In accounting, the term relevance means it will make a difference to a decision maker.
For example, in the decision to replace equipment that has been used for the past six years, the original cost of the equipment does not have relevance. In other words, the original cost is irrelevant or is not relevant in the decision to replace the equipment. What will have relevance are the future amounts, such as the cost of the new equipment, and the savings that will occur when the old equipment is replaced.
Here's another expression of relevance: Costs that will differ among alternatives. Costs that will not differ among alternatives do not have relevance.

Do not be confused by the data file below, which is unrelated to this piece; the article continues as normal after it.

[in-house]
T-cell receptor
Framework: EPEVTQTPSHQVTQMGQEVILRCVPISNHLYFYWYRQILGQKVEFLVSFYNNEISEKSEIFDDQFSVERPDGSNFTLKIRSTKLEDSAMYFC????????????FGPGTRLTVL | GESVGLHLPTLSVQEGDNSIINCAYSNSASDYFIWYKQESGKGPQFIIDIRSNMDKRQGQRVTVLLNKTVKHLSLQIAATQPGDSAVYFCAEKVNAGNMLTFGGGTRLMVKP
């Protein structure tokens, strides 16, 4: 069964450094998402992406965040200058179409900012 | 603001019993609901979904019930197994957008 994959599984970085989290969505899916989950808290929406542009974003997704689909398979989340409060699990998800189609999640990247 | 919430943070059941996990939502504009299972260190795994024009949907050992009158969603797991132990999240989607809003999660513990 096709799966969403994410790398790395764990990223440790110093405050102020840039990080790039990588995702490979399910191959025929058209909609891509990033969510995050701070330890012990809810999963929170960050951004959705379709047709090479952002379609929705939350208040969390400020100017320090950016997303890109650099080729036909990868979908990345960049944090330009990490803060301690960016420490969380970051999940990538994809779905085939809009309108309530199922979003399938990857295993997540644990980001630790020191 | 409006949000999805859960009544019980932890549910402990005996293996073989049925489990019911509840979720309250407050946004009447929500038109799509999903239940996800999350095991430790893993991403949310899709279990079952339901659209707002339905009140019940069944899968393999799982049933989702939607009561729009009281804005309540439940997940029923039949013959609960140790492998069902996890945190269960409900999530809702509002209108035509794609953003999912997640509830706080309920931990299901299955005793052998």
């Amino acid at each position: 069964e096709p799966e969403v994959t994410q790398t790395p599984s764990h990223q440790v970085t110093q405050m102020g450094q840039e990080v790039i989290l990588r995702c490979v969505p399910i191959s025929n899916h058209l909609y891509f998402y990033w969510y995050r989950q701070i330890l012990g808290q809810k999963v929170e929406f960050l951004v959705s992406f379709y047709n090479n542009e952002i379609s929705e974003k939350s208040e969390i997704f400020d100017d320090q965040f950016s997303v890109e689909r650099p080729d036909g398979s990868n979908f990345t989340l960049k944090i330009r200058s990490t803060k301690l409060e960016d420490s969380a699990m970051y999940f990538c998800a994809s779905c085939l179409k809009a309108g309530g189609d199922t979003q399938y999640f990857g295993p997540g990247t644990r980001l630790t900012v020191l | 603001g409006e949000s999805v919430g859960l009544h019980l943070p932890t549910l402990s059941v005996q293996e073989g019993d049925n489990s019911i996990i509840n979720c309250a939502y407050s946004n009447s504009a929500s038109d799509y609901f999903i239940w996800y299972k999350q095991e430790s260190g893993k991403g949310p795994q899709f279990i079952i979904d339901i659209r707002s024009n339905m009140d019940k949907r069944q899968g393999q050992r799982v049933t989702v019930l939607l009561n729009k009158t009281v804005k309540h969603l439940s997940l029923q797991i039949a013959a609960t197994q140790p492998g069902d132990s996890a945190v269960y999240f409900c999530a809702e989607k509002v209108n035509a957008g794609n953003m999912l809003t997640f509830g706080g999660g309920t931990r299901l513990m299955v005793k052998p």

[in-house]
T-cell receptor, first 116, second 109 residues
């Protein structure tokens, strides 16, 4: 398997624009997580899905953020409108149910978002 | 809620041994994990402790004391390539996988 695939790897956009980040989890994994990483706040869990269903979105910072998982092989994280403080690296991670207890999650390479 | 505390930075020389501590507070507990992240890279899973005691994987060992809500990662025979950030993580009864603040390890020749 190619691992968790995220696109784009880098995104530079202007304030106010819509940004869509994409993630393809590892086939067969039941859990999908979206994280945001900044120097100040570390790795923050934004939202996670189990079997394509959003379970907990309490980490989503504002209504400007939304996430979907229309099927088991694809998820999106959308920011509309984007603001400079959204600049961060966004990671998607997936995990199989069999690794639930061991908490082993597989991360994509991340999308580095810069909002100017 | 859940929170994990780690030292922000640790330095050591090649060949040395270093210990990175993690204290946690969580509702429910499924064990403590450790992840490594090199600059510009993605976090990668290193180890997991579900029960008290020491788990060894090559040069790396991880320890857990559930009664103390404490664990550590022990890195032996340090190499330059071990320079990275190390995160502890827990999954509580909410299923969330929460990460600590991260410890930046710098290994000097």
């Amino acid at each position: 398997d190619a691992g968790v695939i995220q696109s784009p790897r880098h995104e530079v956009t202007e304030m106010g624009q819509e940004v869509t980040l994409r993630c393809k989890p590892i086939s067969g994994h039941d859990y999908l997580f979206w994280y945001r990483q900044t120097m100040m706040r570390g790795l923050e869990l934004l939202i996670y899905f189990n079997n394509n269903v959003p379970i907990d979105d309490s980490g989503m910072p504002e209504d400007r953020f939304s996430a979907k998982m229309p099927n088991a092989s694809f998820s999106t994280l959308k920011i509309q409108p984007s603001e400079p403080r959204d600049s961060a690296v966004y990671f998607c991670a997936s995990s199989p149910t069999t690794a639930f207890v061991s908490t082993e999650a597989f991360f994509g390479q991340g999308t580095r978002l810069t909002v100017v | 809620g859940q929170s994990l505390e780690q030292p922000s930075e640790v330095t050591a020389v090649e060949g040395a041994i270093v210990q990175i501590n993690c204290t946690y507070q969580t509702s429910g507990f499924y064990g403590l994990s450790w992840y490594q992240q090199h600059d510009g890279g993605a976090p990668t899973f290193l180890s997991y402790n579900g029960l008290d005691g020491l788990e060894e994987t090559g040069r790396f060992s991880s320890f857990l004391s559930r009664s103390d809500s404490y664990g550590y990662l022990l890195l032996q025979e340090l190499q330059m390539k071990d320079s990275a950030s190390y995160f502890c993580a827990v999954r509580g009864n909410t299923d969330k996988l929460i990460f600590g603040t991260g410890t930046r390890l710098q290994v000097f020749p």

In order to have relevance, accounting information must be timely. Financial statements issued three weeks after the accounting period ends will have more relevance than financial statements issued several months after the period ends. Having timeliness and relevance may mean sacrificing some precision or reliability.
Read more about relevance in paragraphs 46-57 of the Statement of Financial Accounting Concepts No. 2, Qualitative Characteristics of Accounting Information, issued by the Financial Accounting Standards Board. You may read it at no cost at www.FASB.org.